Book Review: The Last Illusion | Verve Magazine
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January 22, 2015

Book Review: The Last Illusion

Text by Nittal Chandarana

A feral child, a merry illusionist and a psychic artist all found in the pages of this book. Verve tells you more about Porochista Khakpour’s latest offering

The ReadThe Last Illusion
Author: Porochista Khakpour
Publisher: Bloomsbury Circus

Unravelling: An ancient Iranian myth brought to the present, The Last Illusion, is the tale of feral child Zal brought up by his mother as a bird and the developments in his life post rescue. Zal’s features are unlike any of his siblings forcing his mother to christen him ‘White Demon’. Brought up as a bird (cage et al) a trapped life of seeds, squawking and fluttering is the only one he knows, till he is rescued and his foster father, Hendricks, takes him in. For a while, you’re misled into thinking this will be an it-can-only-go-uphill story. As Zal acquires more and more human characteristics, he increasingly gets entwined between inappropriate jobs, inappropriate love interests and inappropriate desires. It’s funny how he appears more human as his life gets more warped. He is attracted to all that might provide instant gratification but prove fatal in the long run, be it his girlfriend or Silber, the illusionist. It all ends in a fittingly dramatic climax as New York is hit by a tragedy it appears to be recovering from even today.

The singular protagonist: It’s Zal’s story from the word go. No other character comes close to the mystery and intrigue he possesses, though all of them are well etched-out. Whether it is his constantly evolving self, his secret desire and understanding of his bird-ness, human understanding of his deviancy and his good sense to sugar-coat the truth for the sake of Hendricks; everything culminates to build a protagonist who is unique, vulnerable, mature, adaptive and restrictive all at the same time. You’re rooting for Zal from the start.

What we loved: The basic idea. A feral child copes with the modern world. We were forced to read up more about such children and were surprised that many cases were Indian. It was all a little too much until we realised Mowgli was essentially the same and how fact really does seem stranger than fiction. We also loved the graph of the story — and it keeps you hooked.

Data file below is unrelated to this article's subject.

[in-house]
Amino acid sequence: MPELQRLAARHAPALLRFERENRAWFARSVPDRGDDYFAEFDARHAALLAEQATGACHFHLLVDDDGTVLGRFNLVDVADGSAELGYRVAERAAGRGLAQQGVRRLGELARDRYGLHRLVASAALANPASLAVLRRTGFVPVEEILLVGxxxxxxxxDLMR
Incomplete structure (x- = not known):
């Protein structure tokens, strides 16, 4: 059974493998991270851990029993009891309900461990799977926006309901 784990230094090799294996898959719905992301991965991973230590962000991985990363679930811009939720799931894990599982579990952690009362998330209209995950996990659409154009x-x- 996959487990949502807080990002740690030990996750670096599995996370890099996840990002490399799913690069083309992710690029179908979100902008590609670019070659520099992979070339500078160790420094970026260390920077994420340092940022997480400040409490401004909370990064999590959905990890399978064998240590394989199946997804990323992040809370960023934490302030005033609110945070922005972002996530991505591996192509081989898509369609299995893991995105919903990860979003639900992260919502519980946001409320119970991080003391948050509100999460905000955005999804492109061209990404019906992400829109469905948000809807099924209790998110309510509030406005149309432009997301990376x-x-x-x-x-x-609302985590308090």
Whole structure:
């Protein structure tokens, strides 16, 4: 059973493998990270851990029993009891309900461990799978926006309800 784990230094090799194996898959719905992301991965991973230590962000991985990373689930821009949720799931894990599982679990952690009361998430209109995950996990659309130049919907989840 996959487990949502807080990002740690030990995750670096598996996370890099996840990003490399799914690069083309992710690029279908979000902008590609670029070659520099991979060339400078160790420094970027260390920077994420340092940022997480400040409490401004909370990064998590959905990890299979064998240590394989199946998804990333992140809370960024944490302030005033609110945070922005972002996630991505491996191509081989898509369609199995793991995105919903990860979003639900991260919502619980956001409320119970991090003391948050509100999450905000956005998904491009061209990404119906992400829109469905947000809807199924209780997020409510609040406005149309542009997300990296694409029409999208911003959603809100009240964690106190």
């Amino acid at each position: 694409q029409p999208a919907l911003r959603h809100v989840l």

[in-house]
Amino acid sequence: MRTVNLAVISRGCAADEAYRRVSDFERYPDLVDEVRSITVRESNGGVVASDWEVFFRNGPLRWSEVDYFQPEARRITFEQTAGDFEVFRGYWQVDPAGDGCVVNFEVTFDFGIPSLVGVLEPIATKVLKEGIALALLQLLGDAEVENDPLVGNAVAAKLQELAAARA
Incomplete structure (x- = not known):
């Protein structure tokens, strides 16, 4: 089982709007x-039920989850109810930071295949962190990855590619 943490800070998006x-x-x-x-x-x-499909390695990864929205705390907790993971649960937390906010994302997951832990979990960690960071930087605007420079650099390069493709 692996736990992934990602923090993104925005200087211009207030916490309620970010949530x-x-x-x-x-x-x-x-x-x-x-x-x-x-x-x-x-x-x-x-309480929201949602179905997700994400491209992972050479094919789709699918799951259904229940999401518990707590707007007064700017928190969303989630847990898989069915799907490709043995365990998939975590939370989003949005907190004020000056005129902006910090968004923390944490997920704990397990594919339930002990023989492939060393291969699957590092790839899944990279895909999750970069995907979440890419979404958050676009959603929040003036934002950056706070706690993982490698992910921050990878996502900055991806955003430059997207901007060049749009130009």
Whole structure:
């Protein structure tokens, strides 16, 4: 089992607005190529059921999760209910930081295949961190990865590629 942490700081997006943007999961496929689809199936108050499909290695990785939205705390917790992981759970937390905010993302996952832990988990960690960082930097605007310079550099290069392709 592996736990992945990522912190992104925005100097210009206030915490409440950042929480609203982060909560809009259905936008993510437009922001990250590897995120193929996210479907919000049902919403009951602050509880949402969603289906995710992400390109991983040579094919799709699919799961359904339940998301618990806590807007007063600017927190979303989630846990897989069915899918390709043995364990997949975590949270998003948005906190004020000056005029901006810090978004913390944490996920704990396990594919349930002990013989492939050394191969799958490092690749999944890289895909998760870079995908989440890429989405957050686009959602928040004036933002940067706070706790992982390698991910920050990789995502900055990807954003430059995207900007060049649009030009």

Maybe not: We wouldn’t have minded a clichéd happy ending for once, but then again, that’s subjective.

Read it because: A very different story has been told, with unique characters that have possibly negative traits.

Q&A with author Porochista Khakpour

1. From where did the idea for The Last Illusion emerge?
The original story came from a single tale within the Persian Book of Kings or Shahnameh: that of the feral child Zal who is raised by the giant bird Simorgh in the wilderness. I always knew I wanted to write about that. In my head I also had an idea about a magician whose final illusion is like David Copperfield’s 1983 Statue of Liberty disappearing act—but this time with the WTC. Somehow these two stories got intertwined and became a sort of fabulist portrait of Y2K-9/11 era NYC.

2. How much (and what kind of) research went into writing Zal’s character?
Less than I thought at first. Initially I contacted a behavioral analyst, one of the only experts on feral children, to do actual research—specifically around the case of a rather similar Russian bird boy who’d emerged in the late 2000s. But I stopped myself from corresponding with her. I realised it would be more enjoyable and in some way more faithful to my vision to write it as I had it in my head. I wasn’t writing narrative nonfiction or even straight realism, so why not? I followed the dream I had in my head.

3. Are any of the characters inspired by real life?
I think many of them are just different versions of me amplified and distorted.

4. Which character’s story stayed with you after the book?
Zal is my true love, but his true love Willa is also one of my favorite characters of all time. She is an obese bedridden young woman, but the most beautiful woman I have ever written and certainly the main source of hope and beauty in this book.

5. Both Iran and the 9/11 tragedy have been an essential part of your books. Do you feel closer to your birthplace or the country where you grew up and worked in?
Iran and 9/11 of course have nothing to do with each other, but are simply parts of my own personal history. Their main link for me came in the post-9/11 era and largely out of the ignorance of others: that pan- Middle Eastern identity that came out of racism and xenophobia.
I feel very Iranian because of my household growing up, which was actually quite removed from the Iranian diaspora of Los Angeles. I don’t feel a kinship with Los Angeles, but I do very much with New York. I feel much more of a New Yorker than I do an American actually. But I never forget–and New York is a great reminder of this–that America is a land of immigrants and my story is basically THE story of this country. We are all from somewhere else here, other than Native Americans; this is a detail we can’t afford to forget especially these days.

6. Which are some contemporary authors you enjoy reading?
This year I really enjoyed the work of Helen Oyeyemi, Rivka Galchen, Can Xue, and Dorthe Nors. Also, I love the work of my friends Kate Zambreno and Deb Olin Unferth.

7. Currently you are…
All work and all play (intensely sleep-deprived).

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